The Coming One
“Flee, be silent, pray always.”
These words were told to Abbot Arsenius when he prayed for salvation. He was born into a wealthy, Roman family in the 4th century. When he’d grown tired of the vanity of the world and life had brought him to his knees, Arsenius begged God to show him the way. God responded, “Flee, be silent, pray always.”
Today marks the second week of Advent, the season, every winter, when we’re challenged to step away from the world a little, to turn on the television less often, to increase our fasts, and mostly, to spend more quiet time with God. Our Sunday reading is from the Gospel of Matthew. John the Baptist is in prison, and he’s heard the news about Jesus Christ. So he sends two disciples to see if it’s true. They come to Jesus and ask, “Art thou he that should come, or do we look for another?” (Mat 11:30)
This is the question that should be ringing in our hearts through Advent.
“Art thou he that should come, or do we look for another?”
The phrase in Greek is a little more telling. Σὺ εἶ ὁ ἐρχόμενος, ἢ ἕτερον προσδοκῶμεν.
This doesn’t translate very well in English. Sometimes it reads: “Are you the one who IS to come,” or “who WAS to come,” or perhaps, “the guy we’ve been waiting for.” But the Greek word, ἐρχόμενος, is much more potent. It isn’t referring to a single event in time, past, present or future, but to something eternal. Moreover, to the Jews, it’s a specific title of God. A better translation would read: “Are you the Coming One?”
The Coming One is the Word of God, which, in the beginning, came with all the atoms, molecules, and laws of physics to create the universe.
The Coming One is the God that Adam and Eve heard walking in the garden.
In his book of prophecies, Daniel writes, “I saw in the night visions…one like the Son of Man, the ‘Coming One,’ with the clouds of heaven” (Dan. 7:13).
In Revelation, Jesus declares Himself the “Alpha and Omega, the beginning and the ending…which is, and which was, and which is the ‘Coming One’” (Rev 1:8).
Furthermore, God’s Coming has a specific meaning in the scriptures: it refers to revelation, judgment, and purification. Malachai writes, “Who can abide the day of his coming? And who shall stand when he appeareth? For He is like a refiner’s fire…and he will sit as a refiner and purifier of silver…he will purify …and refine” (3:2-3).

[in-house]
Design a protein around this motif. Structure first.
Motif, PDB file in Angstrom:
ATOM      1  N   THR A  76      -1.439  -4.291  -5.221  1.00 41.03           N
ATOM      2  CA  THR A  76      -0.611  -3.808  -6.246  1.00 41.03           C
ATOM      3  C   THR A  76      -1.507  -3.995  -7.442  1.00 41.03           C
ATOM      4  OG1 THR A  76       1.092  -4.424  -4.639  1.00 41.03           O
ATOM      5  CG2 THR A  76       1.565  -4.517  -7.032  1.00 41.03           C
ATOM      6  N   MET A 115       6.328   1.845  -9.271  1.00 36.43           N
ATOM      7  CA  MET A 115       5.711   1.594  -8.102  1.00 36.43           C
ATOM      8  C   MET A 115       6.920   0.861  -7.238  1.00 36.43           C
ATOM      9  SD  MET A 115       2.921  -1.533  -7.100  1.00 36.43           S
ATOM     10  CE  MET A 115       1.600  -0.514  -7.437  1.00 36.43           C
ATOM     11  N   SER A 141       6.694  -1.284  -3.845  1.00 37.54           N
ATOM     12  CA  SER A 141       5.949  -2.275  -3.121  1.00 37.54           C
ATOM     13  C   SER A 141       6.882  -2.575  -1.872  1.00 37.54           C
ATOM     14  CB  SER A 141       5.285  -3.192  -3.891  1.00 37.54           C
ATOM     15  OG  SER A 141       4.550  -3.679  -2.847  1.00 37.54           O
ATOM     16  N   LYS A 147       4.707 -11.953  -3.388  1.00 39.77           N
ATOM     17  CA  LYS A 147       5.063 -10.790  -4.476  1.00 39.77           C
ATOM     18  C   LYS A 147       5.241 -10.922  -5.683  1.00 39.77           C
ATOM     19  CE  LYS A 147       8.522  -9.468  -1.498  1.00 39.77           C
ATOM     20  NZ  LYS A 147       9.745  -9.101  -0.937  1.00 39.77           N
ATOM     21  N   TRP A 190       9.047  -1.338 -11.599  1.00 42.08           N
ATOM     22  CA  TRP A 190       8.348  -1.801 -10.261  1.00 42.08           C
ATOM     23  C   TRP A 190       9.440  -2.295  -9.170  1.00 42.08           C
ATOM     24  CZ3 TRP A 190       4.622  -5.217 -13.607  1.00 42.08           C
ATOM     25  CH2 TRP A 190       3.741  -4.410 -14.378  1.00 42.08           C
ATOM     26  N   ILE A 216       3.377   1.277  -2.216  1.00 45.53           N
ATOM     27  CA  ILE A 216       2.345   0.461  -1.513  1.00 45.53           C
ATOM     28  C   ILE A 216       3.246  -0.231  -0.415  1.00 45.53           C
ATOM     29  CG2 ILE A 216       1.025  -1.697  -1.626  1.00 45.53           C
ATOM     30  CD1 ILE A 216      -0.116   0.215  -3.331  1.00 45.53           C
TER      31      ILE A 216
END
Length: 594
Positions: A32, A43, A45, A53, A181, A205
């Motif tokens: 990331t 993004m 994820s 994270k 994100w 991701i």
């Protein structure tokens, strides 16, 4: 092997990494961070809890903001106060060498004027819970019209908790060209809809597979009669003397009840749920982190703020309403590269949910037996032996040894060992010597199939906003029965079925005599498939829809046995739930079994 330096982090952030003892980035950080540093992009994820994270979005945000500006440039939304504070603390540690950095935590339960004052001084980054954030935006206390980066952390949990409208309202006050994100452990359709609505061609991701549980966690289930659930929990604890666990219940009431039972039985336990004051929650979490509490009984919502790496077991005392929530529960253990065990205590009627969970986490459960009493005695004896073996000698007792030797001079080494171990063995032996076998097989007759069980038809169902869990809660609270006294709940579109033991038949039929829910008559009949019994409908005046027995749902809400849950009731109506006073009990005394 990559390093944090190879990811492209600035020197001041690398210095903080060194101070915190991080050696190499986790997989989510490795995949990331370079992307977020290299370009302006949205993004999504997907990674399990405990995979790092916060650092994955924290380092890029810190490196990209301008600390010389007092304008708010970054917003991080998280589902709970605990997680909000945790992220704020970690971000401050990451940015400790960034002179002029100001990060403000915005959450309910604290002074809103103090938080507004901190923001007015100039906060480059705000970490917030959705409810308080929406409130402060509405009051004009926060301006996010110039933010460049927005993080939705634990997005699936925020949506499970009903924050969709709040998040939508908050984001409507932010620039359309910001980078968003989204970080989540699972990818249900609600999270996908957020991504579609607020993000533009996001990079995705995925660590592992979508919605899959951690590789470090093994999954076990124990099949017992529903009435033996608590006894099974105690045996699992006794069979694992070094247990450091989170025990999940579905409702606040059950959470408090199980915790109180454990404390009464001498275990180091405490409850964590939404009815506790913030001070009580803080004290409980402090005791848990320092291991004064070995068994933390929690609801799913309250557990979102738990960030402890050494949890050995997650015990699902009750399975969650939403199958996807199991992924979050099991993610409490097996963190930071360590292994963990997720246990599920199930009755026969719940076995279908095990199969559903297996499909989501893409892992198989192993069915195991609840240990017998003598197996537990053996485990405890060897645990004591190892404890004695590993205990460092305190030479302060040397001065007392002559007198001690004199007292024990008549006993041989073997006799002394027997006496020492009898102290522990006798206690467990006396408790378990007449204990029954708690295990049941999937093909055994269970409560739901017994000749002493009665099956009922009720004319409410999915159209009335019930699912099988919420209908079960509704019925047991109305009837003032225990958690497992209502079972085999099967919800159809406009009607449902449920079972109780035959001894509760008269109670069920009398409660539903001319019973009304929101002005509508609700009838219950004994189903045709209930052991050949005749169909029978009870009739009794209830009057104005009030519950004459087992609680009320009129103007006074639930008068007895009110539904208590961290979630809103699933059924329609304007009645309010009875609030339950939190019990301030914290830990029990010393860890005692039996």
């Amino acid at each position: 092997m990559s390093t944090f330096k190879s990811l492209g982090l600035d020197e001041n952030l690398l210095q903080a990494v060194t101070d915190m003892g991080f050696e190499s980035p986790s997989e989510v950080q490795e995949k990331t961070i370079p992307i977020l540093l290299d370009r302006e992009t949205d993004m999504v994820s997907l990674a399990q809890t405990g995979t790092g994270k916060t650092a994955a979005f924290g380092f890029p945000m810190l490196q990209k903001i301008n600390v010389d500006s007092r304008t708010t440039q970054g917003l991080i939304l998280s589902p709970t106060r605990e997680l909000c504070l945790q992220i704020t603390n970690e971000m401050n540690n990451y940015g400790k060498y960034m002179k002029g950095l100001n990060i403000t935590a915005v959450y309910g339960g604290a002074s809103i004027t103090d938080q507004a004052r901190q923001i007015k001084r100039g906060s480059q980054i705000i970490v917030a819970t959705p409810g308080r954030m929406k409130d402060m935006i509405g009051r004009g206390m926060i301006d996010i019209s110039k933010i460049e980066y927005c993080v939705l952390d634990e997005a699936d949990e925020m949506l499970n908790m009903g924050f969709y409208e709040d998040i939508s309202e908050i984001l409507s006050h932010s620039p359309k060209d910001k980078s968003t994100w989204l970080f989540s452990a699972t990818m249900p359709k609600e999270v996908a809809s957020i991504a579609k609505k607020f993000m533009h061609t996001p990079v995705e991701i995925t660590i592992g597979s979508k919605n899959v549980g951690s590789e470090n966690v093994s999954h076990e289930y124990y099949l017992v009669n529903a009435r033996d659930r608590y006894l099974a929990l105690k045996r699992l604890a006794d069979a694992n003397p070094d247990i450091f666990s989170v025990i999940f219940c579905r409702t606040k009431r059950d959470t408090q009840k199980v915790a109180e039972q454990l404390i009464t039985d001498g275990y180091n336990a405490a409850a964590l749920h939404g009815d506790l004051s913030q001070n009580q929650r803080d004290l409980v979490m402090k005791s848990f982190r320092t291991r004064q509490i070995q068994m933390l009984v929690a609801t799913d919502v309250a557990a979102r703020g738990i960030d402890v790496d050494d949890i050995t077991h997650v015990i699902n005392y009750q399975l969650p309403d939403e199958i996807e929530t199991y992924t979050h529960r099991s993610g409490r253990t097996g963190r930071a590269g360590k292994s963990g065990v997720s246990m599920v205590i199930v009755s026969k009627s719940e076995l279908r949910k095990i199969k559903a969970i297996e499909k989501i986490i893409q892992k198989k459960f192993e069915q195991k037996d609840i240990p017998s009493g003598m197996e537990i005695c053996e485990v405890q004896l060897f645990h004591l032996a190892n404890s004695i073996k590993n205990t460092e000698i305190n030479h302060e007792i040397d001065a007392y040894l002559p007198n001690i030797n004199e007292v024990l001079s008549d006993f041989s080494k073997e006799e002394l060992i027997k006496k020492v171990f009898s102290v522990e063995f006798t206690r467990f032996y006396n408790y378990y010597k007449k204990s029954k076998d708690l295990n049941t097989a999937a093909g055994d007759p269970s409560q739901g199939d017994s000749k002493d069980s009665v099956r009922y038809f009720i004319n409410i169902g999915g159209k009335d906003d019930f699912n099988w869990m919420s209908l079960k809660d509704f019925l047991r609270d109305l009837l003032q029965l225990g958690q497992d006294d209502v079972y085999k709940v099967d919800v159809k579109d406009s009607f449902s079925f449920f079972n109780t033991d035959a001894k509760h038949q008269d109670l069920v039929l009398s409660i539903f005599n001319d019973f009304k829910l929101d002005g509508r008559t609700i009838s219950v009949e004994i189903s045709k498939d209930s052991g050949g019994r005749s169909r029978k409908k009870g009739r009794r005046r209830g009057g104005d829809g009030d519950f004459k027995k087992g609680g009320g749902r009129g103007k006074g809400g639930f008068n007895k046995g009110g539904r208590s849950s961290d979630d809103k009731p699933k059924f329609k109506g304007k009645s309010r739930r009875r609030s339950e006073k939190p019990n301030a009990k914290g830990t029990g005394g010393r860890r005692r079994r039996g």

You can think of Jesus Christ like the rising sun.
Have you ever been outside before dusk? One winter, I spent every morning up in a deer loft, long before sunrise. I was hoping to bag a deer – and it was just my luck that I never saw a single deer. Instead, I witnessed something better. In a twinkling of an eye, the world is lit by the slightest gleam of light. Then a little more and a little more…finally, you see the first rays of the sun and the whole earth starts to change. The ice in the stream melts, the mud hardens, and the plants begin to perk up. You can almost hear the world whispering, “The sun is coming. The coming one is here. Night is gone. Everything is new.”
This is what it means that Jesus Christ is the “Coming One.”
He is coming, and His coming means a change. He is light, which banishes darkness and illuminates goodness. He is fire, which burns up ugliness and refines beauty. And He comes gently. The sun gives the world time to get ready. But before we know it, everything will be revealed. Are you ready?
John’s disciples asked Jesus, “Are you the Coming One?” Jesus answered saying, “Go and shew John again those things which ye do hear and see: The blind receive their sight, and the lame walk, the lepers are cleansed, and the deaf hear, the dead are raised up, and the poor have the gospel preached to them. And blessed is he, whosoever shall not be offended in me” (Mat 11:4-6). We can ignore God for a little bit, while it’s still dusk, but only for so long. A day will come when we’ll be held accountable for everything. When we see God, will we be offended? Are you ready?
This is what Advent is all about.
This season arrives every year, when it’s darker and cooler outside, so that we can take some time to go within. What have you been hiding in your heart? Can you give it to Him? What is ugly? Can you expose it? What is impure and embarrassing? Can you trust God to take it and change you?
Jesus Christ is the Coming One, not just on that first Christmas Day in Bethlehem, and not merely at the end of the world and the final judgment. Jesus Christ is the Coming One in your life, at this moment, and every moment of every day, knocking and searching the heart.
I began by mentioning Abbot Arsenius. The advice God gave him somehow couldn’t be more appropriate at Advent. “Flee, be silent, pray always.”
FLEE: that is, don’t get tugged along by the world, the commercials, the responsibilities. It all seems so important at the moment. But it’s not. The Coming One is Coming. We all have to flee. That is, we all have to detach our hearts a little from the world.
BE SILENT: once we’ve detached from the world, we have to attach to God. That can only happen by being silent. It’s in silence that you encounter yourself and encounter God.
PRAY ALWAYS: notice that God doesn’t say, “Pray always, be silent, and flee.” That’s how we usually treat prayer. Our hearts and minds are wrapped up in our busy lives and we wonder why we can’t pray. But we have it backwards. We have to flee first, then be silent, and then, in that state of stillness, we can enter into our prayer.
The Coming One is Coming. Listen for Him.
In the name of the Father, and of the Son, and of the Holy Ghost. Amen.